You have a different and less fussy cap on your main cooler than some of the W50’s, so that is probably not the problem. Some of them have a cap with a deep groove the divider must be exactly position in or overheating is inevitable (don’t ask what I went through to learn this).
One of the reasons I do not like these “marinized” tractor engines is the fact that the marine salt/fresh cooling systems are generally cobbled together with a lot of hoses, connections, dissimilar metals in salt and heat, and a lot of potential points of failure. You can manage it, but it takes active owner involvement in maintenance or there will inevitably be problems. You cannot wait till you have a problem because it will happen at the wrong time. I have stories about how I learned this—it once was near disaster, but I will save them for a different venue.
I am telling you this, because you appear to be someone out there actually doing ocean passages and probably depending on your diesel in some out of the way places where failure could be a problem. Marina folks and weekenders can probably just limp to the slip or call the tow boat when they have the predictable overheating that will occur without maintenance of this system.
Ray Durkee


 
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 Post subject: Re: Cleaning heat exchanger
PostPosted: 30 Apr 2019 23:02 
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Joined: 25 Apr 2016 10:25
Posts: 91
On the oil cooler plumbed in to the coolant, I would think this would cause more resistance to flow and potentially cause a problem. I was also reading that Raritan water heaters have more resistance to flow than other brands so a coupling is recommended to allow a bypass of the actual heater so restriction to flow is reduced. I didn't see this type of coupling on the water heater either.

I would need to figure out where to replumb the fresh water circuit if I put the oil cooler back in the raw water circuit. Where do most people put the hot water heater output? I had assumed the cooling system was hooked up correctly, but I do not have history. I don't think the previous owners did any major cruising so if it was a dock queen then they likely would have never experienced problems. Does anyone have pics of how their water heater is plumbed into the system?

On the heat exchanger cleaning, I am going to have to get to La Paz to be able to make any sort of repairs. We are planning on staying in LaPaz for awhile so it should enable us to get this fixed I do not want to leave this as it can be a problem I don't want to deal with in the Sea of Cortez. I believe I have a spare manifold gasket but I don't think I have the heat exchanger ones. Will need to check on availability in La Paz.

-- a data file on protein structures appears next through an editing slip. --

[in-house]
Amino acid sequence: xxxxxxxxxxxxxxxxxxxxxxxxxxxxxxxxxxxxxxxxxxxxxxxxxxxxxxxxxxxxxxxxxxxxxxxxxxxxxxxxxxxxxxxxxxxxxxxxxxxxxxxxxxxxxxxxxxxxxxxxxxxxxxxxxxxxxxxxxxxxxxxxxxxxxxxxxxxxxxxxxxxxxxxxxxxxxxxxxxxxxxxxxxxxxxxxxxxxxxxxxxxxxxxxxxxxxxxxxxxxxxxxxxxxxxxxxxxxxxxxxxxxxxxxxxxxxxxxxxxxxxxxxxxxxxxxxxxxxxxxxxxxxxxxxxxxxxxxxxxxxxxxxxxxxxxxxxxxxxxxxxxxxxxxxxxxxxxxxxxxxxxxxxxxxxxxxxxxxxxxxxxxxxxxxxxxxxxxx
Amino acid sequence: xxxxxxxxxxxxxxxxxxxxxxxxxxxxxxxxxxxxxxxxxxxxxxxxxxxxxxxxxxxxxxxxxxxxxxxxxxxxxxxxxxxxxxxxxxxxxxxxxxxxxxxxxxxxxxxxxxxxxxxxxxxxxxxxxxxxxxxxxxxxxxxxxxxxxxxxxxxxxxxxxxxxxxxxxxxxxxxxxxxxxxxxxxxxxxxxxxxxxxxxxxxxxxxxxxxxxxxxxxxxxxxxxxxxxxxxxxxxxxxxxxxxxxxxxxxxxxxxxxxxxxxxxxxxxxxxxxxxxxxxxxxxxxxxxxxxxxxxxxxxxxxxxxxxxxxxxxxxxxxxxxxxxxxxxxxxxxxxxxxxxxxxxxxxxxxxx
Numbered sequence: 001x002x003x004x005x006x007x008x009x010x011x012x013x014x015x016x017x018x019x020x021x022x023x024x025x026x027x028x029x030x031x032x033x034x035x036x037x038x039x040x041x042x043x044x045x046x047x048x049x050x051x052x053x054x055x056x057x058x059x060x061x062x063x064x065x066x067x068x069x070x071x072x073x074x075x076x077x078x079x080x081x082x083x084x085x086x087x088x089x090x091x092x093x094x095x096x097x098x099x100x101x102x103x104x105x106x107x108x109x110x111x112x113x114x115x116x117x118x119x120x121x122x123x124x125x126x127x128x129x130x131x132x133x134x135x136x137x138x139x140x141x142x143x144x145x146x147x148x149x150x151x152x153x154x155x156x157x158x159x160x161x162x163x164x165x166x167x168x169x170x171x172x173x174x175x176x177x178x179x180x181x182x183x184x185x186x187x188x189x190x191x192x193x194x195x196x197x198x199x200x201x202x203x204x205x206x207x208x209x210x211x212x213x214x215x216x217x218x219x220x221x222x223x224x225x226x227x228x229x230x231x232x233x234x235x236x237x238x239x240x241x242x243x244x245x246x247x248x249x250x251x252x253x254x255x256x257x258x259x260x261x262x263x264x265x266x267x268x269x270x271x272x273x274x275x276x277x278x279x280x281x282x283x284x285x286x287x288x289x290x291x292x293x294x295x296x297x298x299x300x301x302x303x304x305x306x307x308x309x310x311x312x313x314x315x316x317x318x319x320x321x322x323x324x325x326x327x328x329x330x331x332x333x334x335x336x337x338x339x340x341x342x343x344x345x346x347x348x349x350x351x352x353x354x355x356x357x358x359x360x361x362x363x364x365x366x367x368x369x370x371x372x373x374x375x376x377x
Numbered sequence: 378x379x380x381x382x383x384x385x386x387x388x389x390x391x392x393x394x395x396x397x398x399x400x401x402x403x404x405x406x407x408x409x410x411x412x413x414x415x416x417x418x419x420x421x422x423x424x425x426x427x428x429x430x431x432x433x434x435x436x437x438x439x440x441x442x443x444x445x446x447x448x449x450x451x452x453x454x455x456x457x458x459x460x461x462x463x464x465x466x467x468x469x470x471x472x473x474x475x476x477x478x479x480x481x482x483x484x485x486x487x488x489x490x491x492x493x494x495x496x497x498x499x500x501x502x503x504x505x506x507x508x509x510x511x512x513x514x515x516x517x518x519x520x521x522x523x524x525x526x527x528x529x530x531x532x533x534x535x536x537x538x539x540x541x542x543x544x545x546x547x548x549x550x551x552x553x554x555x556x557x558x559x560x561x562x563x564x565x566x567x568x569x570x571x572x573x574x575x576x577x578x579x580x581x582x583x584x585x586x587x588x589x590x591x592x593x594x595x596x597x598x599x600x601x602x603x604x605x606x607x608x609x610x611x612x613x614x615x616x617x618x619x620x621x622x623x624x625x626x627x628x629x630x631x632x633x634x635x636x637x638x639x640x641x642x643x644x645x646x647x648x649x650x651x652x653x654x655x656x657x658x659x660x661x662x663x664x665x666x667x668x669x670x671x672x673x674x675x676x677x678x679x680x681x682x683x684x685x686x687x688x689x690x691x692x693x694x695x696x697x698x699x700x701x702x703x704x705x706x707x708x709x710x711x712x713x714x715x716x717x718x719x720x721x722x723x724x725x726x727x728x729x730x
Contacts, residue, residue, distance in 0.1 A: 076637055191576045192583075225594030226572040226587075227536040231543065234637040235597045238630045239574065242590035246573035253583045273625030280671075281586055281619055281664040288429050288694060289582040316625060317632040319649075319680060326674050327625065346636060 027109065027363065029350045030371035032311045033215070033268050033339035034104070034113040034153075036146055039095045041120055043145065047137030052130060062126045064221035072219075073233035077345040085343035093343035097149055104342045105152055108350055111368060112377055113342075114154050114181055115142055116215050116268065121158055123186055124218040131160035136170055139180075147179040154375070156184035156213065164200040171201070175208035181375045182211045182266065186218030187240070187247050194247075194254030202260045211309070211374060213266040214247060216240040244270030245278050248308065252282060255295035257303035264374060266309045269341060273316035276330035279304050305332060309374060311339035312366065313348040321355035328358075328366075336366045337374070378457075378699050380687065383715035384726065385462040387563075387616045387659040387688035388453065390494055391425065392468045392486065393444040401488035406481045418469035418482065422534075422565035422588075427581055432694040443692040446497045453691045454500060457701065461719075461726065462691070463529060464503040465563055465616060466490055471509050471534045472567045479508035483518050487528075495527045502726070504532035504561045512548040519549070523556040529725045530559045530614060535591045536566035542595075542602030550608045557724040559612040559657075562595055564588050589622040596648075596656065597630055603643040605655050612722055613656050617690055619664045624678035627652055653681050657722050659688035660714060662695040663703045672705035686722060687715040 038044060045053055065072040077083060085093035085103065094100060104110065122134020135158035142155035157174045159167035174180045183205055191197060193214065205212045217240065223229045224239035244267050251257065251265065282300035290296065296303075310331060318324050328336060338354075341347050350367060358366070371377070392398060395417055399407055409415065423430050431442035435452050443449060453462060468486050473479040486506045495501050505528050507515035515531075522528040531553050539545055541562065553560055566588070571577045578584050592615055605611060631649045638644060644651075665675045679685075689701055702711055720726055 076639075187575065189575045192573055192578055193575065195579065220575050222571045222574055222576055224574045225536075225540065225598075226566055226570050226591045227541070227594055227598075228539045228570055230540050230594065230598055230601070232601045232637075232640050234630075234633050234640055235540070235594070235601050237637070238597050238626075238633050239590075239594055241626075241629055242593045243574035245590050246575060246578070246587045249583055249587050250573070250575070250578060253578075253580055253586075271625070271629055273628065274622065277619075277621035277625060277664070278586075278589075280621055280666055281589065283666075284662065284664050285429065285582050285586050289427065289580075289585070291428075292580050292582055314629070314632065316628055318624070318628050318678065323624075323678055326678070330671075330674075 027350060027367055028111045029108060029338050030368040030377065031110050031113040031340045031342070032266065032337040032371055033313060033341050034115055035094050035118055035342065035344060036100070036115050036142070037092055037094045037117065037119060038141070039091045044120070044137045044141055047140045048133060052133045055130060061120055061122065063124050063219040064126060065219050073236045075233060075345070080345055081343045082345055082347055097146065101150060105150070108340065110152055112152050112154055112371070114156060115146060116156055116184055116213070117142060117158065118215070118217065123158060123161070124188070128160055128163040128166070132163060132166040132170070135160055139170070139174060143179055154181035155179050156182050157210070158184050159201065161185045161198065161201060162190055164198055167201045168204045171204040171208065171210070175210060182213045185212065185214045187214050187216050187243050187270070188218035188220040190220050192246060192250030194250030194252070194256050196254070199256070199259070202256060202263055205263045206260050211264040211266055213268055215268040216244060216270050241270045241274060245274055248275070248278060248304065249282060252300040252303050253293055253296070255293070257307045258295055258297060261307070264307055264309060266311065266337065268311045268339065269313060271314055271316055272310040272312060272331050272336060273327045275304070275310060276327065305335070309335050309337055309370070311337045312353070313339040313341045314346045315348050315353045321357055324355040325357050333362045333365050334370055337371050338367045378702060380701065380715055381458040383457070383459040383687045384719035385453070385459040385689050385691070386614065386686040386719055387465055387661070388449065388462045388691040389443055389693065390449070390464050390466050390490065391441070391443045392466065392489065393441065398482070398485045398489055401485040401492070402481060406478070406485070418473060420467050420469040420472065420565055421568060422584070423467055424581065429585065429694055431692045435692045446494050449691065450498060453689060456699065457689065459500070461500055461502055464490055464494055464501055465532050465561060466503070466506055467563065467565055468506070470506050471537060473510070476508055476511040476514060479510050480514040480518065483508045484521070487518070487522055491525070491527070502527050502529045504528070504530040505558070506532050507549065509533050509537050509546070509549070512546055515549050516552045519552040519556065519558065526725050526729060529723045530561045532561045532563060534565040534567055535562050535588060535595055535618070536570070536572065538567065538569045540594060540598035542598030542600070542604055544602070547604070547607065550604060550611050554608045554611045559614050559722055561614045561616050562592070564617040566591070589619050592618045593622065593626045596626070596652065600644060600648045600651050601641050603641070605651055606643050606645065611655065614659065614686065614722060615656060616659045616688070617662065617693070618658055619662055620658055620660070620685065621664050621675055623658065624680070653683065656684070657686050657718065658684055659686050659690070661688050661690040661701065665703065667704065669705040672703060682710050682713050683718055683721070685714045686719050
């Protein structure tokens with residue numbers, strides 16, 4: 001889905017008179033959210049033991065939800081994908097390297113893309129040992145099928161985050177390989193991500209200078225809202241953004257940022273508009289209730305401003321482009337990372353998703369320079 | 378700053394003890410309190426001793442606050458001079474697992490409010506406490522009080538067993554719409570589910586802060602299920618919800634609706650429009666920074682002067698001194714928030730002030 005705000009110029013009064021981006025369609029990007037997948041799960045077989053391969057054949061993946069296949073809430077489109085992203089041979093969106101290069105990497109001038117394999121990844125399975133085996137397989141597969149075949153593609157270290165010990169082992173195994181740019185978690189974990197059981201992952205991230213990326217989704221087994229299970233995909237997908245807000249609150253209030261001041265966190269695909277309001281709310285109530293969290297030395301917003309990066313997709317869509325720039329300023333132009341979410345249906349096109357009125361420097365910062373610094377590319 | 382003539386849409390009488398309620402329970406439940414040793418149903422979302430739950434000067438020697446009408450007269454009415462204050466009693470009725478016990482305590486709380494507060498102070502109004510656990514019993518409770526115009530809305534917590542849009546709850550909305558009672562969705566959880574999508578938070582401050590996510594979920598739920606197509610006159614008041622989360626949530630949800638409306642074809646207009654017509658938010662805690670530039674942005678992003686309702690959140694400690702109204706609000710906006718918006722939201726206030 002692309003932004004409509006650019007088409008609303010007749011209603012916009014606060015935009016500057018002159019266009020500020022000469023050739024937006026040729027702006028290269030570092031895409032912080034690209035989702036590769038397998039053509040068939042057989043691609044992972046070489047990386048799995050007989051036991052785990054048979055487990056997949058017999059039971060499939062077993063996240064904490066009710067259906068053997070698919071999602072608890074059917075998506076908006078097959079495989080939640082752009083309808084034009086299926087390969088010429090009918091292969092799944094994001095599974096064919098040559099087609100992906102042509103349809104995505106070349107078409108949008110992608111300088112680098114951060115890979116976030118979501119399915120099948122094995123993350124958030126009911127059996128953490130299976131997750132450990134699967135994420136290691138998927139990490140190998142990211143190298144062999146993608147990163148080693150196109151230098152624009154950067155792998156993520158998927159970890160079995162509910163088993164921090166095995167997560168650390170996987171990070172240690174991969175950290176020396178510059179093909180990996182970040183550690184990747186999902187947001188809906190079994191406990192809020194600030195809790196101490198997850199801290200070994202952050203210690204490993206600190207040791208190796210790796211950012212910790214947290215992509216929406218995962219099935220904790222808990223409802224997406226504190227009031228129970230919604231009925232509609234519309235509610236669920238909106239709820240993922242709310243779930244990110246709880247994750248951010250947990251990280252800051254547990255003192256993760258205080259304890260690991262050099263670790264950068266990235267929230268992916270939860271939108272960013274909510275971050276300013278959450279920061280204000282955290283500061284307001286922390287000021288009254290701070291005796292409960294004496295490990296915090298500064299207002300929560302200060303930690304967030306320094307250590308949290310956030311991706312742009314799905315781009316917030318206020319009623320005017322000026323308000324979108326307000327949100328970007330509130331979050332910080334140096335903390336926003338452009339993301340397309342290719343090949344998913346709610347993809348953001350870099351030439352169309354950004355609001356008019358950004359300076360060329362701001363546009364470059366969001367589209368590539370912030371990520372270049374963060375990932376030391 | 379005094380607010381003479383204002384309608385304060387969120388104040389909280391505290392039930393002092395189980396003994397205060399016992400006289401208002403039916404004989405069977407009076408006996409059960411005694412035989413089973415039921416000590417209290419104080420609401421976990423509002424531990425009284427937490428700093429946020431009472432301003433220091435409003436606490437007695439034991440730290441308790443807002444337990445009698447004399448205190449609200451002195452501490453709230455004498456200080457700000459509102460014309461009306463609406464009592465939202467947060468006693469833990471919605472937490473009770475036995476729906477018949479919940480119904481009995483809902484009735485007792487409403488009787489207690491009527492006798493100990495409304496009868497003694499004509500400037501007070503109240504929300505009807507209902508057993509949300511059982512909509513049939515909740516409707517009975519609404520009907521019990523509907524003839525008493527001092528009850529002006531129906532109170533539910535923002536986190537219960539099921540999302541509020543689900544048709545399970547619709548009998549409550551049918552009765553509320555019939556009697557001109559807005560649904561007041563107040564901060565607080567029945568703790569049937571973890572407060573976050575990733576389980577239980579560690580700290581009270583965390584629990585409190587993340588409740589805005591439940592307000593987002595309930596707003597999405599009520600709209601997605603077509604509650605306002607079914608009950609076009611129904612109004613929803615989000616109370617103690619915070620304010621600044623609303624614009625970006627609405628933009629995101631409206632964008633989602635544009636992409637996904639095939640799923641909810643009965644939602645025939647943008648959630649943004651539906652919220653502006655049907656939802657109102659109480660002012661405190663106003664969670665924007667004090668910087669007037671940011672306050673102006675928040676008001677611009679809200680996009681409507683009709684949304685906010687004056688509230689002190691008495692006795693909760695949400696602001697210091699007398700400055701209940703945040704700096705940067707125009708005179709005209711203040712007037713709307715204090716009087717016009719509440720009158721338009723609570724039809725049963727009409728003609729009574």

I am running about 5 to 10 degrees hot depending on how high of an RPM we run the motor. However it is stable at that temp for now and I am only a few days from la Paz so I think we should be okay until we get there.


 
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 Post subject: Re: Cleaning heat exchanger
PostPosted: 01 May 2019 10:23 
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Joined: 29 Dec 2006 09:38
Posts: 538
Do you have a W50? I can help you with the oil cooler routing if that is the model—if not, if you had a wide angle shot from the top it would help figure out what is going on—or a hand drawn schematic of how things are currently routed. Are you sure the temp gauge is accurate? Are you sure the thermostat is working right (if it is a W50 the thermostat needs that eighth inch hole in the rim to register accurately) Have you checked the exhaust elbow itself?—I mean actually taken it off and looked through it? Looks like it is galvanized pipe and that stuff collects salt and soot like crazy. Mine was 2/3 occluded at one point. You should be able to get the help you need in La Paz and you are right to do it there if you are going into the Sea of Cortez where you will be entirely on your own.
I had a bypass to the water heater, but it did not seem to matter much in long term motoring—-if the valve is between the hoses it is there for controlling the flow through the heater (to keep the water heater from getting super hot scalding water) , not controlling the freshwater temp of the engine. Air in the system can make temps appear higher than they are as the thermostat is generally at the highest point in the system in most engines. But I think you knew all that.